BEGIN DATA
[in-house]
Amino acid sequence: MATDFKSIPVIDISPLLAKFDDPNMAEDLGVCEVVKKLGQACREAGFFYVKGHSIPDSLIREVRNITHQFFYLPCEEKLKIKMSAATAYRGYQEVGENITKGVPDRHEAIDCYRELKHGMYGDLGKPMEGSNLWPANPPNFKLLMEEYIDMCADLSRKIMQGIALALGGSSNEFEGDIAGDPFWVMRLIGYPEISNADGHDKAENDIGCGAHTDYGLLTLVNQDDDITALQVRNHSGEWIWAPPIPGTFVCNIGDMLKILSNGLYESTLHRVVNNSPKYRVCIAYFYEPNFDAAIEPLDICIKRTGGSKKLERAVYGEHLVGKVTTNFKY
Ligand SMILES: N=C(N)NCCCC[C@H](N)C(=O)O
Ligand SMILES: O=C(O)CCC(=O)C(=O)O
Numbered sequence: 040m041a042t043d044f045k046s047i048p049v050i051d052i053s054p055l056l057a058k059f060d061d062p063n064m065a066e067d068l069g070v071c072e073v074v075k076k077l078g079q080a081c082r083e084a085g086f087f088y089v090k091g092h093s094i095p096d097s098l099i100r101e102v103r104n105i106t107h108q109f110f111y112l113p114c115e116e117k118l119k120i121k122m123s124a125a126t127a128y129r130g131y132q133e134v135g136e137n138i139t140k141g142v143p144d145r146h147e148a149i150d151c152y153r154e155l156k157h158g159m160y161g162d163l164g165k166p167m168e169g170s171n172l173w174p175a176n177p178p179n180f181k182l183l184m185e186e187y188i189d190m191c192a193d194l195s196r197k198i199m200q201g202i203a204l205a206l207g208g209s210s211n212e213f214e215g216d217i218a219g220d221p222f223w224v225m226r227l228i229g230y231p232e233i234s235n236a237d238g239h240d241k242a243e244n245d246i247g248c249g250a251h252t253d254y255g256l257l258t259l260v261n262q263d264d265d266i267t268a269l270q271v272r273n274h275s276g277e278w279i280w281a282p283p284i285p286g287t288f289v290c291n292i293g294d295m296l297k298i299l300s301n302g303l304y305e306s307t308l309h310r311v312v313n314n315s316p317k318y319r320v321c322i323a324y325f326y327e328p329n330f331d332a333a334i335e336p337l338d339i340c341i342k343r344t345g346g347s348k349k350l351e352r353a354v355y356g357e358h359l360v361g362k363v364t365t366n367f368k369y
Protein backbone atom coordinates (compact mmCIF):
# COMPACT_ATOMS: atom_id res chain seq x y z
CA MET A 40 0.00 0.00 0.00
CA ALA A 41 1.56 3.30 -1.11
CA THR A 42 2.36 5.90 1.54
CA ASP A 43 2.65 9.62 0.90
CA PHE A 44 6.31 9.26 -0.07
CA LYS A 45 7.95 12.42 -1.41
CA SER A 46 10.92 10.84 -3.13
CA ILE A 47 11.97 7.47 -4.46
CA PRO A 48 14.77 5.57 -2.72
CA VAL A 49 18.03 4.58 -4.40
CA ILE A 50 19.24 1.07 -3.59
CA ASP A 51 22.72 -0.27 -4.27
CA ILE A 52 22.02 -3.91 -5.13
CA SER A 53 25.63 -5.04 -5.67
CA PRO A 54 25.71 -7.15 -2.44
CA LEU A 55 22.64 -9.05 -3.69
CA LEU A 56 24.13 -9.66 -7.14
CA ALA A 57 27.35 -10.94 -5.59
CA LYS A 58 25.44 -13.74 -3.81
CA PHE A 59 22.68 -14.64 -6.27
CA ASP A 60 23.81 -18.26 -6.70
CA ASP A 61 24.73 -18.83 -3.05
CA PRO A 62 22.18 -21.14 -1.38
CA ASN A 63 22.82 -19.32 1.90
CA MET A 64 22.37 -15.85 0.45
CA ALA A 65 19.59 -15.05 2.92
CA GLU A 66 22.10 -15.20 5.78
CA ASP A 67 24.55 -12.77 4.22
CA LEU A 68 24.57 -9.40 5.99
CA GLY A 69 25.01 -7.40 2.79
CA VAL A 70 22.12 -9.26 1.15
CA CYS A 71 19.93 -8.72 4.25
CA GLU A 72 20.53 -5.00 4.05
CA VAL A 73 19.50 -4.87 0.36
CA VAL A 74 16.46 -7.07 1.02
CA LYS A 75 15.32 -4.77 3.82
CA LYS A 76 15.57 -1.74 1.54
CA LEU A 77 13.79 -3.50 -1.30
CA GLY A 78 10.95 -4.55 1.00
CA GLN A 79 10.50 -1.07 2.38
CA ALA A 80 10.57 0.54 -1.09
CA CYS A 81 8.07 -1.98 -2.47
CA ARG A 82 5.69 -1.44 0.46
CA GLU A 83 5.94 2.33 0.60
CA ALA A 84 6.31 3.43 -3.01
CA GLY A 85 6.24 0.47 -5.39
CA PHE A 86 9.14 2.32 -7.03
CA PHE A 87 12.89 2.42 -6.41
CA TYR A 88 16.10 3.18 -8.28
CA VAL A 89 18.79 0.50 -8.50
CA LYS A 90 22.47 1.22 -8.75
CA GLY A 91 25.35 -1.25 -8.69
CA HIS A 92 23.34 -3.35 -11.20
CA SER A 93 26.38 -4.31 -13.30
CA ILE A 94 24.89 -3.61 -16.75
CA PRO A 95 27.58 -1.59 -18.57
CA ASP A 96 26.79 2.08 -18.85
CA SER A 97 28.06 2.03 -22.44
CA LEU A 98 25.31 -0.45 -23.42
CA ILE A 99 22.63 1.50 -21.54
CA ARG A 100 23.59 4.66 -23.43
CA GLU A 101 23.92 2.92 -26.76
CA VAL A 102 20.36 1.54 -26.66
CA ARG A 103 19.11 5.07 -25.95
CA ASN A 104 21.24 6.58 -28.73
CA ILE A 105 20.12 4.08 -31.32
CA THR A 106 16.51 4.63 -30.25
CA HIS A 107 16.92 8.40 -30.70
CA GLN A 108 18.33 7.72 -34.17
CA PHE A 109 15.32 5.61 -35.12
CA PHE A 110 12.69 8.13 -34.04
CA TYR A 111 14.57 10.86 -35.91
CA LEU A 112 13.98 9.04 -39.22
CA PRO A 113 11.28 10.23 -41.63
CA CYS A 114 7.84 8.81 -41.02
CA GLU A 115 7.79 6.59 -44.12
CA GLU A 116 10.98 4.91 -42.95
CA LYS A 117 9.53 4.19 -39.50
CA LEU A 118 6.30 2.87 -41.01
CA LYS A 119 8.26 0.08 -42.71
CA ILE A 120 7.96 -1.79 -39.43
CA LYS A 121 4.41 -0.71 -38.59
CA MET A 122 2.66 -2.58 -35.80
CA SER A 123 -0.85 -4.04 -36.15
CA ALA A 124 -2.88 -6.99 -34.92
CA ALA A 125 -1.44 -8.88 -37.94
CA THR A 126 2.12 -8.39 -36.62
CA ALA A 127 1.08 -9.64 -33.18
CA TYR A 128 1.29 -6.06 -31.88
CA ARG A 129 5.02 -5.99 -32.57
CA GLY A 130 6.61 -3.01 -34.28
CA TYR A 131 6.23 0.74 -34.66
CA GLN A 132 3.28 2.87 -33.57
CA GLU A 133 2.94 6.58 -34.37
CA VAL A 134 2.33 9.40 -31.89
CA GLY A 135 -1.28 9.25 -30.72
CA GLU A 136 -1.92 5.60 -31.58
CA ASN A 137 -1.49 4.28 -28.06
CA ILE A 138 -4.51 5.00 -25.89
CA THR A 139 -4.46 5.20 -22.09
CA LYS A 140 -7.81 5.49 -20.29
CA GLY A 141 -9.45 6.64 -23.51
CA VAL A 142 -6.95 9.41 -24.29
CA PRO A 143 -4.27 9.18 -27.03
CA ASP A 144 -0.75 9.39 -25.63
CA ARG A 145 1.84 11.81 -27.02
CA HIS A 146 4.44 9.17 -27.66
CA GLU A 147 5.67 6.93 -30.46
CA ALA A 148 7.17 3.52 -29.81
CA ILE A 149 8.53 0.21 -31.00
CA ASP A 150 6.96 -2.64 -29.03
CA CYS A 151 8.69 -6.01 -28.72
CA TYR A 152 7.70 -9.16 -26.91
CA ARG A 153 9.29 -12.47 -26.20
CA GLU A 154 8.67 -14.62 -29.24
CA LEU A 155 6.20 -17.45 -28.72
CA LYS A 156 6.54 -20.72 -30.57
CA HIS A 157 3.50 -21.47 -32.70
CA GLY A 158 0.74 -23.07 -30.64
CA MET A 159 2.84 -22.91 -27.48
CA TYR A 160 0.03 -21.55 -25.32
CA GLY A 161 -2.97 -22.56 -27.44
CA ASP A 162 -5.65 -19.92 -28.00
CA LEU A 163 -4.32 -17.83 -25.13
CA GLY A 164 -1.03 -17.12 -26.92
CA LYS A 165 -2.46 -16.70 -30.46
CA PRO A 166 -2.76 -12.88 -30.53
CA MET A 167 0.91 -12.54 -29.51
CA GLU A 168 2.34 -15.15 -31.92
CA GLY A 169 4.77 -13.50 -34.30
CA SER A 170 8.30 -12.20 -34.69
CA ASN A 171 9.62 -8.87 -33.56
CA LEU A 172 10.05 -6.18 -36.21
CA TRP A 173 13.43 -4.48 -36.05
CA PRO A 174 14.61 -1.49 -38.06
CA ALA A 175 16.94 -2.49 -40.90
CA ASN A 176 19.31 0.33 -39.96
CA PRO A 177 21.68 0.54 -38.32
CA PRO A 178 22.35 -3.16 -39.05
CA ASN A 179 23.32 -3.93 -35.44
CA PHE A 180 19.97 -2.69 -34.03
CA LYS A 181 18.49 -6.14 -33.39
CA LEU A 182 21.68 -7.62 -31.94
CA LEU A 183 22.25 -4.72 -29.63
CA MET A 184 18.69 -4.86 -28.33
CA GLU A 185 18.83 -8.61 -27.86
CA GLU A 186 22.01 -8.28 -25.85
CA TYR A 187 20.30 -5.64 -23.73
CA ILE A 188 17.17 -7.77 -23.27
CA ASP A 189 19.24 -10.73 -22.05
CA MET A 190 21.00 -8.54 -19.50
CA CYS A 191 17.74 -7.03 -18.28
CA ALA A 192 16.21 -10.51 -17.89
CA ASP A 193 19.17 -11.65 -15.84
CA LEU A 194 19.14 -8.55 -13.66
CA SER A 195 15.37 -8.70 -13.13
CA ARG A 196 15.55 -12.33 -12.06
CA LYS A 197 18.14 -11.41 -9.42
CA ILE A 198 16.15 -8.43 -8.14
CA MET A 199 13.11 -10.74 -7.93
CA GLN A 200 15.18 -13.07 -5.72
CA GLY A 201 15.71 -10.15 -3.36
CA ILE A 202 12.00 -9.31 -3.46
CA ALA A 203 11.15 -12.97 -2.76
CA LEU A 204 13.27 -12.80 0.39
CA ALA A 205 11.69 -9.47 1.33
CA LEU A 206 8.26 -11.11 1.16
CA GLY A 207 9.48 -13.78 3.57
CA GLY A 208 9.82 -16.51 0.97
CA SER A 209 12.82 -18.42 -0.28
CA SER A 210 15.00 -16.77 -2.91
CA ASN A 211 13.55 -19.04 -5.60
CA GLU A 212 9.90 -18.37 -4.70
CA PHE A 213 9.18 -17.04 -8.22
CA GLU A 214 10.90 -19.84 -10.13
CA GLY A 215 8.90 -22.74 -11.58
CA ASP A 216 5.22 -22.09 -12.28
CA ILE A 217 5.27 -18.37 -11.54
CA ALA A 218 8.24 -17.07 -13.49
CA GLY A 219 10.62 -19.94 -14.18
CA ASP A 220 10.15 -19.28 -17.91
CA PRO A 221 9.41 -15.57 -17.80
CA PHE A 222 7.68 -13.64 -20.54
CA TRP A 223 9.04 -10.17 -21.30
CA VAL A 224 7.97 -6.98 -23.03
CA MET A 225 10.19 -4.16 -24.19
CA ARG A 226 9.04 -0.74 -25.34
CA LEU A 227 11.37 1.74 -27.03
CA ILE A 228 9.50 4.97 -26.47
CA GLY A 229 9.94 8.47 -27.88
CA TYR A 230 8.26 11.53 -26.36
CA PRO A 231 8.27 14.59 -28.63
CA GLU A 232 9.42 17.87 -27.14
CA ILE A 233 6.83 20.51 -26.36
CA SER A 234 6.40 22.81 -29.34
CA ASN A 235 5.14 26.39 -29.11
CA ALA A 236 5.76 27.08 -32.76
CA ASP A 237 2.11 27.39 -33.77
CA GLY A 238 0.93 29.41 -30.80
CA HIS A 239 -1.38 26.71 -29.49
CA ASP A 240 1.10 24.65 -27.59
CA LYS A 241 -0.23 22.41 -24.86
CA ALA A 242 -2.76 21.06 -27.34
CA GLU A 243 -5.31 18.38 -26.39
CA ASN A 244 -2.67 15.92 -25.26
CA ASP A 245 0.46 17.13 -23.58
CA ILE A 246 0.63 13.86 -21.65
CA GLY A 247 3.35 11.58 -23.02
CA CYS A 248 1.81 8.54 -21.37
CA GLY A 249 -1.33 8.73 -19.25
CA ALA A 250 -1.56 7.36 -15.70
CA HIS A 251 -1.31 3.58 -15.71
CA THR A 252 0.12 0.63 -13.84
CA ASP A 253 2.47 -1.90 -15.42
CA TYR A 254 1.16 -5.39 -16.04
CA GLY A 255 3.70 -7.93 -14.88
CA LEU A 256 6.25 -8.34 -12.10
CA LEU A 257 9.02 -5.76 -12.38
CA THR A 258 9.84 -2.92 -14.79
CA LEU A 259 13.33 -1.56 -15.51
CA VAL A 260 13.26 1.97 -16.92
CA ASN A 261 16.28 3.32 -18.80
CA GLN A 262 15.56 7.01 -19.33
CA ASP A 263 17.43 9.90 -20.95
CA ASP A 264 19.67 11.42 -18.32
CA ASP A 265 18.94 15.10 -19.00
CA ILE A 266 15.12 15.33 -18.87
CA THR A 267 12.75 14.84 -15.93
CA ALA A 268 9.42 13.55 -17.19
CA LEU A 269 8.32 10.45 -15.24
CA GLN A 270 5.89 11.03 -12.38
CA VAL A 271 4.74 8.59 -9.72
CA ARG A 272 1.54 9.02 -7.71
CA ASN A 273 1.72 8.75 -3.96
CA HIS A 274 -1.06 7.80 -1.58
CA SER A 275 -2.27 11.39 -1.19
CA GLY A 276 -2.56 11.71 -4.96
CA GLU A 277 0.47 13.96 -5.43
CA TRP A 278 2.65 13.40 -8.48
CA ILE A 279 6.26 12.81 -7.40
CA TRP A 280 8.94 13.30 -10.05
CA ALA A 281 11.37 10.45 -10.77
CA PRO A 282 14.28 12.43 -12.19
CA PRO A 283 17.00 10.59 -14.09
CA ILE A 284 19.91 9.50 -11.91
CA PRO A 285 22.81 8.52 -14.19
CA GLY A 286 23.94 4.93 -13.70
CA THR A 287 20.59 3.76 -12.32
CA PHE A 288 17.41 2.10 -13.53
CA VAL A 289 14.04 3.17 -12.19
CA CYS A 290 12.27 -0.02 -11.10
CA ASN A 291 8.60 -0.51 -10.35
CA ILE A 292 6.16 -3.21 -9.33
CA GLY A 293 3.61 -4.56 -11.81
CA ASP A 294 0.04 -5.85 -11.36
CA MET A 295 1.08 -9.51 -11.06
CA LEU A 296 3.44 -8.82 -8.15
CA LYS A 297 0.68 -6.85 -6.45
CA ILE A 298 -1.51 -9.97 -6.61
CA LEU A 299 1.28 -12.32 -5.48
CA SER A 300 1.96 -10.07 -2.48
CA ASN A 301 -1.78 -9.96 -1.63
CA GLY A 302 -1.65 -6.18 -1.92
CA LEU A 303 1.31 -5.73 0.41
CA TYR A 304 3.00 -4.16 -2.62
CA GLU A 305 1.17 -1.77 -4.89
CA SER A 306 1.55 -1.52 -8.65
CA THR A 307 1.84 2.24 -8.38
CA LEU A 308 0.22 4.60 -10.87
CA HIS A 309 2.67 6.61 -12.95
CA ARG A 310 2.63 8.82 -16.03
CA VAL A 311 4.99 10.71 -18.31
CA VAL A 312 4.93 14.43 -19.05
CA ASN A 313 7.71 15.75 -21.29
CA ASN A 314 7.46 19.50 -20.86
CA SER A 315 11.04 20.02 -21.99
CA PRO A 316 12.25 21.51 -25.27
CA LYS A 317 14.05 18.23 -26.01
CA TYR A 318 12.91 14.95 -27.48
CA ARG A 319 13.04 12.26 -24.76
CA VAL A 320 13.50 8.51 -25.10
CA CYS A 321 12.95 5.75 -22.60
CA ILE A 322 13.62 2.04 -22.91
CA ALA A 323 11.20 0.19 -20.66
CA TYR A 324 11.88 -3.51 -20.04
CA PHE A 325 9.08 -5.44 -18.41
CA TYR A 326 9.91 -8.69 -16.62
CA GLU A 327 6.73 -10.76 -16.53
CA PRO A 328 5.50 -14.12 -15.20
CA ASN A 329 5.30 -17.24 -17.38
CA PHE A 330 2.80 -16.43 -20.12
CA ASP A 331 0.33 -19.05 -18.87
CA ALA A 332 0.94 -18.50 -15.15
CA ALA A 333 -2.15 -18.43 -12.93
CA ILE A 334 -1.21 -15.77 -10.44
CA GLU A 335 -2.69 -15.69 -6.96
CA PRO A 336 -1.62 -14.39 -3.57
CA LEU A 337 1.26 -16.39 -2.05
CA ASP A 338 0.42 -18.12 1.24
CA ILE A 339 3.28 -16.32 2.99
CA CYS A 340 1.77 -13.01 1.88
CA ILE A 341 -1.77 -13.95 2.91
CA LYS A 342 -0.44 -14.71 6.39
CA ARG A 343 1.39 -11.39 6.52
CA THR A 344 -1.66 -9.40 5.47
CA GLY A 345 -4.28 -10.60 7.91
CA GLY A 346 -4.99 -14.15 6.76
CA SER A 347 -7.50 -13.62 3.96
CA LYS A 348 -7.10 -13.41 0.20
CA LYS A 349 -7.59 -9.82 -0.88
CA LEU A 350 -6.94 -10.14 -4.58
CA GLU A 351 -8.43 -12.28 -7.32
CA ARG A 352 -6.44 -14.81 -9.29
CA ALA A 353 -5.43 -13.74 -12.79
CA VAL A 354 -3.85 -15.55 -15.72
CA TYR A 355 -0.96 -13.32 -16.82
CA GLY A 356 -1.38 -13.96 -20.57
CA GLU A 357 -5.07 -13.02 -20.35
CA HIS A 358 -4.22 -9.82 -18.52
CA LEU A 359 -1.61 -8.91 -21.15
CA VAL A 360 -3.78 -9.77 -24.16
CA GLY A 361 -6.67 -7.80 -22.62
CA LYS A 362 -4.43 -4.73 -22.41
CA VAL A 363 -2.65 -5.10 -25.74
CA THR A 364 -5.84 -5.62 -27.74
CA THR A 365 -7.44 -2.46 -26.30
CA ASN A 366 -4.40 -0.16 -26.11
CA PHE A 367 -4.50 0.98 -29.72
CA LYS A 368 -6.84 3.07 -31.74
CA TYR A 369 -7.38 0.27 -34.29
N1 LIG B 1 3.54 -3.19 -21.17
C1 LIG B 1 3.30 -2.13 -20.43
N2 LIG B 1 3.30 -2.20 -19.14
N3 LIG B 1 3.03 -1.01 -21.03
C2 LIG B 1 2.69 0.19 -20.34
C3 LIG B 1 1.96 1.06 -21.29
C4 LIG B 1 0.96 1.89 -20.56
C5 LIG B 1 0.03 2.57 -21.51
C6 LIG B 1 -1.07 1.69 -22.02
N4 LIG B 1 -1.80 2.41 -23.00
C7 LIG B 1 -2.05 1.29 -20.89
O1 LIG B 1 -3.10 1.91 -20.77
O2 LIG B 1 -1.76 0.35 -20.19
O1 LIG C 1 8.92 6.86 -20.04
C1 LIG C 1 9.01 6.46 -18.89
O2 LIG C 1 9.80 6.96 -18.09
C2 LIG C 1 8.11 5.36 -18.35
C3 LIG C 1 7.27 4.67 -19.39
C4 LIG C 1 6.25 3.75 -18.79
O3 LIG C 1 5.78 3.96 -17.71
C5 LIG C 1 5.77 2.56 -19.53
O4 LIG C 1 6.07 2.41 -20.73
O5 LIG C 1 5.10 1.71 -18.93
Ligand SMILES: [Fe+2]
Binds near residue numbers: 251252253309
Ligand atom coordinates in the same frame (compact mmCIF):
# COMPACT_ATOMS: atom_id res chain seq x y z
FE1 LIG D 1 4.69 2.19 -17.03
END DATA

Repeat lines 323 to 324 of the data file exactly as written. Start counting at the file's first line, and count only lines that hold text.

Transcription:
CA TYR A 355 -0.96 -13.32 -16.82
CA GLY A 356 -1.38 -13.96 -20.57